A rare set of nine Chinese Export “Tobacco Leaf” plates. Qianlong period.
Decorated in underglaze blue, polychrome enamels, and gold, with a pair of pheasants amongst leaves and flower blossoms beneath two squirrels on the branches of a vine, three prunus sprays on the revers, gold edge on the lobed rim.
- Period :
- Qianlong (1735-1795), circa 1775
- 8.66 in. (23 cm)
- Reference :
For an identical plate, see Thomas V. Litzenburg Jr, Chinese Export Porcelain in the Reeves Center Collection at Washington and Lee University (2003, p. 225, no. 231).
Another plate, see Debomy, Tobacco leaf, and pseudo Feuille de tabac and pseudo, A tentative of Inventory, p. 102 (A2).
Another plate, from the China Trade Museum (Milton, USA), is illustrated by Forbes & Crosby in the catalog Yang-ts’ai, the foreign colors : Rose porcelains of the Ch’ing dynasty (February 12 through June 27, 1982), no. 19.
Another plate by Howard & Ayers in China for the West, London and New York, 1978, vol. II., no. 555-557.
Another plate is illustrated by Jörg in Chinese Export Porcelain : Chine de Commande from the Royal Museums of Art and History in Brussels, no. 30.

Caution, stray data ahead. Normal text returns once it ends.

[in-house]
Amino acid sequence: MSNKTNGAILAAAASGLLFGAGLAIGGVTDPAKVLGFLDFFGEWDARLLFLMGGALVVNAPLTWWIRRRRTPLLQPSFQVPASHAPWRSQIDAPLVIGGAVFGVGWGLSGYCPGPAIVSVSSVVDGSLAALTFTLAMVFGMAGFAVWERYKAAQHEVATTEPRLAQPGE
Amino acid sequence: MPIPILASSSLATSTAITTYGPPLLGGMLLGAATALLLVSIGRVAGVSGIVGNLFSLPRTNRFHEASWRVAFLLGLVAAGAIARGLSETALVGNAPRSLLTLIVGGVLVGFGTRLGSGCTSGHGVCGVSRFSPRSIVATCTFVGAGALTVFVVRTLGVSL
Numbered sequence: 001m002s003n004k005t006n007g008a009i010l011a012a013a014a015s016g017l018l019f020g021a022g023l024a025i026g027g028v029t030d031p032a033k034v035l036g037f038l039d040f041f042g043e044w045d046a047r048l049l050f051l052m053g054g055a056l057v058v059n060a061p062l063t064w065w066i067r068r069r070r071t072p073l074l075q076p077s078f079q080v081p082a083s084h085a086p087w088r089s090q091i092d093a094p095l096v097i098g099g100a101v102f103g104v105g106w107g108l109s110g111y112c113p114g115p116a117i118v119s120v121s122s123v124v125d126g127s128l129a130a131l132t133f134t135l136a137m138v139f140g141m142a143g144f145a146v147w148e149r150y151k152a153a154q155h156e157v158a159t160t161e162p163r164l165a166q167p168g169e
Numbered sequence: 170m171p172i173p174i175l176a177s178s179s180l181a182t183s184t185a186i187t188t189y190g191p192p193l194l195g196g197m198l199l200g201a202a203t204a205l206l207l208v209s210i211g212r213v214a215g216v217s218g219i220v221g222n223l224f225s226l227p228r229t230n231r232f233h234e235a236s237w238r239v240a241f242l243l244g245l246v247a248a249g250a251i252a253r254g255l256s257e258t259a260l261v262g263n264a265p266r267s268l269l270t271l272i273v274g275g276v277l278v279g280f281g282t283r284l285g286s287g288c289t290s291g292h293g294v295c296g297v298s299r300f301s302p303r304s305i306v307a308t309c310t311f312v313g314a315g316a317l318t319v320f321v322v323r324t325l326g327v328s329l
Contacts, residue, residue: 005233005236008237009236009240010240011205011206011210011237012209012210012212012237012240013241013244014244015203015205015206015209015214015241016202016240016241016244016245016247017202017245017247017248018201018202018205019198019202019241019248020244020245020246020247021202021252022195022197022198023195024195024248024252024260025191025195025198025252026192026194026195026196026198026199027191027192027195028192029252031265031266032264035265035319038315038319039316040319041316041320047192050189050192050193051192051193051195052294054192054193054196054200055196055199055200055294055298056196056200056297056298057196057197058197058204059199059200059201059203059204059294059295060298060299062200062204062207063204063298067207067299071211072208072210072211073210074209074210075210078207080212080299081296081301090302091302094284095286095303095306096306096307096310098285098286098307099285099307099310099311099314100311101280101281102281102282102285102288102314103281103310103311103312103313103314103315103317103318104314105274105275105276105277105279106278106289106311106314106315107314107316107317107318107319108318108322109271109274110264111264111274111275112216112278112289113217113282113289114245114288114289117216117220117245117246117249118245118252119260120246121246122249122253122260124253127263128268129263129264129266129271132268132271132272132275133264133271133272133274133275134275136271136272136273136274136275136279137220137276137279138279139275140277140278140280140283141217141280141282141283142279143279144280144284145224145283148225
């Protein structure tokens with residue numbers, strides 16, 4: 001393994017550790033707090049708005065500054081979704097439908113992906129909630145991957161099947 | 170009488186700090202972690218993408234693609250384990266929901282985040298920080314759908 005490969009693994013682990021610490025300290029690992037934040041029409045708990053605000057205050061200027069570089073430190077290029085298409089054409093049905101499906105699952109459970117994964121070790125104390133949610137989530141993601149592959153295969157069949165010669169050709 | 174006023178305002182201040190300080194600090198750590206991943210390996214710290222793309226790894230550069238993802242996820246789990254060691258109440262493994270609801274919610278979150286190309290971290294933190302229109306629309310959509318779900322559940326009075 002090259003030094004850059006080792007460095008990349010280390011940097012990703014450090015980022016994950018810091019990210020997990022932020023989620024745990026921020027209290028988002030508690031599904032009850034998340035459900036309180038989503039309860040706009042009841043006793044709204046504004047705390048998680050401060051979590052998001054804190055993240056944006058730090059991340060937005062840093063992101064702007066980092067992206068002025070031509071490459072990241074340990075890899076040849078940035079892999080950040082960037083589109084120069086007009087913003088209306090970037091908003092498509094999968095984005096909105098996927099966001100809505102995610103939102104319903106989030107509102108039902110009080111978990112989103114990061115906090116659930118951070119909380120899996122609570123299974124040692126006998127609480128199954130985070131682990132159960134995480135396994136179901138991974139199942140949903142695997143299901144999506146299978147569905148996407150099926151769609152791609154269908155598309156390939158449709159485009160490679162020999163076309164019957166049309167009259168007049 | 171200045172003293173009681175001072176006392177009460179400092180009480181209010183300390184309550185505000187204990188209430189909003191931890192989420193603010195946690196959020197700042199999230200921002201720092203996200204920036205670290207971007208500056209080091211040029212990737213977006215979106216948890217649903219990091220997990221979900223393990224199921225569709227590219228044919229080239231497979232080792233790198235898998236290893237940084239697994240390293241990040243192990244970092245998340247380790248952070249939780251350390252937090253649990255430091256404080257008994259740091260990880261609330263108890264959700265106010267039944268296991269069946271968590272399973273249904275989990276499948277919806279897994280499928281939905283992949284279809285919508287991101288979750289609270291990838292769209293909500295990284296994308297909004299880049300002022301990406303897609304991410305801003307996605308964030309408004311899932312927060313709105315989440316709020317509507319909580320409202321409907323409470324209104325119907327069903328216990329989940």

See also : Chinese Porcelain Company, Important Chinese Export Art, NYC, The Chinese Porcelain Company, 1998, no. 52.
Popularly known as the “Tobacco Leaf” pattern, the decoration on this plate exhibits some of the finest enameling and design known on eighteenth century export ware. As Howard and Ayers note, the distinctive leaves might not be those of the tobacco plant. They possibly derive instead from the “thick, tropical, variegated-leaf foliage of Southern Asia and the pacific”, while the blossoms almost certainly are hibiscus and passion flowers. At least, five principal variants of the “Tobacco leaf” motif are known, but only one shown here includes pheasants and squirrels. There are also a number of minor variants.